12. Velvet Underground & Nico: All Tomorrow’s Parties
The Velvet Underground: The Velvet Underground & Nico (1967)
Nico won’t be remembered as much of a feminist legend; she was overshadowed by the men in her group, and led a fairly miserable life that ended in 1988 with her death. Still, when The Velvet Underground & Nico was recorded in 1966, neither Janis Joplin nor Grace Slick had been discovered by the world at large. Not a “rock” singer, Nico (Christa Paffgen) was a photogenic German who had begun her career as one of the earliest supermodels; her singing was in a chanteuse-meets-Gothic vein. Before joining the VU, she recorded a single with Jimmy Page and Brian Jones. After VU’s debut, she embarked on a shaky solo career that relied on the talents of her collaborators as much as her own talent and persona. “All Tomorrow’s Parties” (a Lou Reed song) is one of the VU’s greatest moments, as are her other vocal contributions.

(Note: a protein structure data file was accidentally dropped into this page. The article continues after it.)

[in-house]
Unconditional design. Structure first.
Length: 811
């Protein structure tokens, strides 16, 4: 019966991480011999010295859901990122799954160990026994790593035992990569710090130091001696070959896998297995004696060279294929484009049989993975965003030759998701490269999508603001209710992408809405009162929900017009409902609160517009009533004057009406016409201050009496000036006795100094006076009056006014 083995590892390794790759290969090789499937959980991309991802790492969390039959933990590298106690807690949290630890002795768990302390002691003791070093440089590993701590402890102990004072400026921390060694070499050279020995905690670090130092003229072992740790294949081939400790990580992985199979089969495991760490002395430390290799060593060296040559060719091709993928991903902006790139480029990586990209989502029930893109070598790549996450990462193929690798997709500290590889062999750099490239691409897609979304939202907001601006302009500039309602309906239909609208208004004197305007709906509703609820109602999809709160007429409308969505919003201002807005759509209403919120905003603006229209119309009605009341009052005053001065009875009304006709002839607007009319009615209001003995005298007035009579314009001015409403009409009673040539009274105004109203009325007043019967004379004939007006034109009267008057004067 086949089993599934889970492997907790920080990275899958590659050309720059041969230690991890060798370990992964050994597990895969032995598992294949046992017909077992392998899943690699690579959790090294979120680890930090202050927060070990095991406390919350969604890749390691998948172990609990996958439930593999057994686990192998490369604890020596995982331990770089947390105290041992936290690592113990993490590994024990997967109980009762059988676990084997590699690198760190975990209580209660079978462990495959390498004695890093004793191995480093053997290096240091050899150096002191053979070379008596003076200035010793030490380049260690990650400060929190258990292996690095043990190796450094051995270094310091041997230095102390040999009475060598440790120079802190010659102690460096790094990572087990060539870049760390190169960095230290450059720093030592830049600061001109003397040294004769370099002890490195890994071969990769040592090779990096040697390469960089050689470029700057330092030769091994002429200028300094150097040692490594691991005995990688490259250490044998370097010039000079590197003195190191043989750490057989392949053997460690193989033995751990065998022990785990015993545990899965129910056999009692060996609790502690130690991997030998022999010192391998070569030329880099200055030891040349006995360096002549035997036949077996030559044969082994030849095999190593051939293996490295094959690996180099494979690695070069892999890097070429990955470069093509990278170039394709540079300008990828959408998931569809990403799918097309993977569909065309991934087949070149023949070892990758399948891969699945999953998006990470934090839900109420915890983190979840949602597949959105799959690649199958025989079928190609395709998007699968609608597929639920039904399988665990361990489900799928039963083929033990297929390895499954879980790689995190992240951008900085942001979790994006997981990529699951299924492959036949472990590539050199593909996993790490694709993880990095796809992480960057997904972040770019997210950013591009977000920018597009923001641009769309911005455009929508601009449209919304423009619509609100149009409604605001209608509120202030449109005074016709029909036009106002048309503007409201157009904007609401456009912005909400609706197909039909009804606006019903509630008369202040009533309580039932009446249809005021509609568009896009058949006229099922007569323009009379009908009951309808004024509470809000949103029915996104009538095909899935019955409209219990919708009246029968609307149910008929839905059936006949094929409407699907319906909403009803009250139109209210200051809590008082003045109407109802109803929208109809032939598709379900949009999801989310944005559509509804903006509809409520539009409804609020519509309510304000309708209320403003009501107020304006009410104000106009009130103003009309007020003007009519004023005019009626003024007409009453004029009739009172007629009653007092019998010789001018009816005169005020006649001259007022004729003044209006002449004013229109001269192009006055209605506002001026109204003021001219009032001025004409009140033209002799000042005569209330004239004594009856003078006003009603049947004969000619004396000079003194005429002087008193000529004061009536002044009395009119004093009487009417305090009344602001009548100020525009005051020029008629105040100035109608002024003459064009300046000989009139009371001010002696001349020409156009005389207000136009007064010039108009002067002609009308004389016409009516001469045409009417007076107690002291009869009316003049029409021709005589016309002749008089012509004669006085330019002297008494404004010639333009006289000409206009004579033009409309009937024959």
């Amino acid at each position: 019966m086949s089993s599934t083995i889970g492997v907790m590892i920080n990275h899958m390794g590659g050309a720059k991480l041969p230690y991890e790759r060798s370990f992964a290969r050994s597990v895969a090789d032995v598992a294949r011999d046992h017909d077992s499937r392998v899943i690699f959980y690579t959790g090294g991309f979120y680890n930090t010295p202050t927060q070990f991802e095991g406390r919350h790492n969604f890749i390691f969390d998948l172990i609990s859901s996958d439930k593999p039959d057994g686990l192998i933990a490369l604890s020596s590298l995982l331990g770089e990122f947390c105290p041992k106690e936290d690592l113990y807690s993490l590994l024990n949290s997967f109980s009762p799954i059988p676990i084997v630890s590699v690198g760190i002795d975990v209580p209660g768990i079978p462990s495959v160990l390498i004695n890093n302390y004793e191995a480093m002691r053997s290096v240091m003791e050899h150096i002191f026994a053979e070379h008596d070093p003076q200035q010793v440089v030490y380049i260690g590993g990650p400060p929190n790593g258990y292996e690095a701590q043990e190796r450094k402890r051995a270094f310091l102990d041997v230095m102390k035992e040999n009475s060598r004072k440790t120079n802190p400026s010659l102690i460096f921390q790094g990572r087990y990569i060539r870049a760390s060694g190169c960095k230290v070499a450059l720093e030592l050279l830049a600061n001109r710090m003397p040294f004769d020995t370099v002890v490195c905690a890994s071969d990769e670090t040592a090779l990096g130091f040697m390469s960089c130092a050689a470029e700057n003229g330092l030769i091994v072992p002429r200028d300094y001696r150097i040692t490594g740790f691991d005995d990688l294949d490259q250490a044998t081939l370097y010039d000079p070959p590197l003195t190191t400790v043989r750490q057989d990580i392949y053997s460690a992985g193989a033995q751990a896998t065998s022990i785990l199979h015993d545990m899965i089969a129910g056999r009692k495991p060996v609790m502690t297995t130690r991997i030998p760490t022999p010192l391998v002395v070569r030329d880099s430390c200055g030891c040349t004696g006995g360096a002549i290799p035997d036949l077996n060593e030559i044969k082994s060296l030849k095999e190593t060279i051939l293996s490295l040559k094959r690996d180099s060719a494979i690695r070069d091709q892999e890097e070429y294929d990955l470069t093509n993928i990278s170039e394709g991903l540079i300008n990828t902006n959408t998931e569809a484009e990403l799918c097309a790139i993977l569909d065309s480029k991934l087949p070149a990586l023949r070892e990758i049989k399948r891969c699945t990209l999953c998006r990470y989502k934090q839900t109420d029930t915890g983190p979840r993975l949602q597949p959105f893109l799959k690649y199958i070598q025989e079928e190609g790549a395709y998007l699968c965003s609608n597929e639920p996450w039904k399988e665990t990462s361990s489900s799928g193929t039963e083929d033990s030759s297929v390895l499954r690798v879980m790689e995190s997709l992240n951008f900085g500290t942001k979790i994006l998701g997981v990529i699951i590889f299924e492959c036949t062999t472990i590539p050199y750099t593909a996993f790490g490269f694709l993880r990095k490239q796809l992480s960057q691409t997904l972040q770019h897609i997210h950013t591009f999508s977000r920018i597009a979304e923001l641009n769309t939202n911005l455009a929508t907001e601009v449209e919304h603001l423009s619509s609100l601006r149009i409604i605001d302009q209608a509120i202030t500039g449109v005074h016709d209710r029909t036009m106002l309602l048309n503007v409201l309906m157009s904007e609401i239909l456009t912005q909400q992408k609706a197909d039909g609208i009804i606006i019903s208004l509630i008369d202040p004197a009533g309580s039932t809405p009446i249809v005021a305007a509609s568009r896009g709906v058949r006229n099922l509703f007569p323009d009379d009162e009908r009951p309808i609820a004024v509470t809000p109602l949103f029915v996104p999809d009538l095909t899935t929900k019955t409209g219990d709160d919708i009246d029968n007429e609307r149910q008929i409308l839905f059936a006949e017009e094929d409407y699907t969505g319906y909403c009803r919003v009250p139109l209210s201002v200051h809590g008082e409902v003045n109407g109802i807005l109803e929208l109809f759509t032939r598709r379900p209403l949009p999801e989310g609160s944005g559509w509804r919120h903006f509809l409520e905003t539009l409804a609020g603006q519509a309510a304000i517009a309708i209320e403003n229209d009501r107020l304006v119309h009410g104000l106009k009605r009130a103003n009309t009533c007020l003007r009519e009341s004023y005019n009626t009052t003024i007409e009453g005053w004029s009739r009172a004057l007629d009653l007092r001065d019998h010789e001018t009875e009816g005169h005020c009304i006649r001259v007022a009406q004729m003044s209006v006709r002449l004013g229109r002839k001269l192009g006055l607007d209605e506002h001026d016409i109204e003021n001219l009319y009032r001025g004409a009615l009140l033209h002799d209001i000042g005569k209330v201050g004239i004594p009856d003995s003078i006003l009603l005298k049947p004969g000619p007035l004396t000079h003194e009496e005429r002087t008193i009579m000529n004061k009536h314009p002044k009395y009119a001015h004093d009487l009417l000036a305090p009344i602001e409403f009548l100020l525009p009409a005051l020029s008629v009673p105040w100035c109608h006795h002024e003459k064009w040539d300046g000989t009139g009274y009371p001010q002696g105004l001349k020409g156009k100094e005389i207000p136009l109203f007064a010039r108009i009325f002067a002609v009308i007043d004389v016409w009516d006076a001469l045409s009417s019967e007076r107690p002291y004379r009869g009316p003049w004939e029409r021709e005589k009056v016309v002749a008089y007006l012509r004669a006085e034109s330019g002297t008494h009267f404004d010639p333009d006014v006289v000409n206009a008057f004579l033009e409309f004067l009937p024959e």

13. Bjork: Army of Me
Bjork: Post (1995)
Those who remember the Sugarcubes’ lone quirky pop hit “Motorcrash” and some of their other quirky art-pop probably filed the Icelandic group away as “novelty” and left it at that. Little could they have predicted what a big name Bjork would become in electronica and trip-hop, as well as a very unlikely mainstream success. There’s no doubt she’s an acquired taste for many; her art-pop pretensions can be bewildering at times, and her forays into caterwauling can put her in Yoko Ono territory. But she’s also put out one of the most experimental and compelling bodies of work among women in the 90’s and 00’s. “Army of Me” was her 1995 solo breakthrough.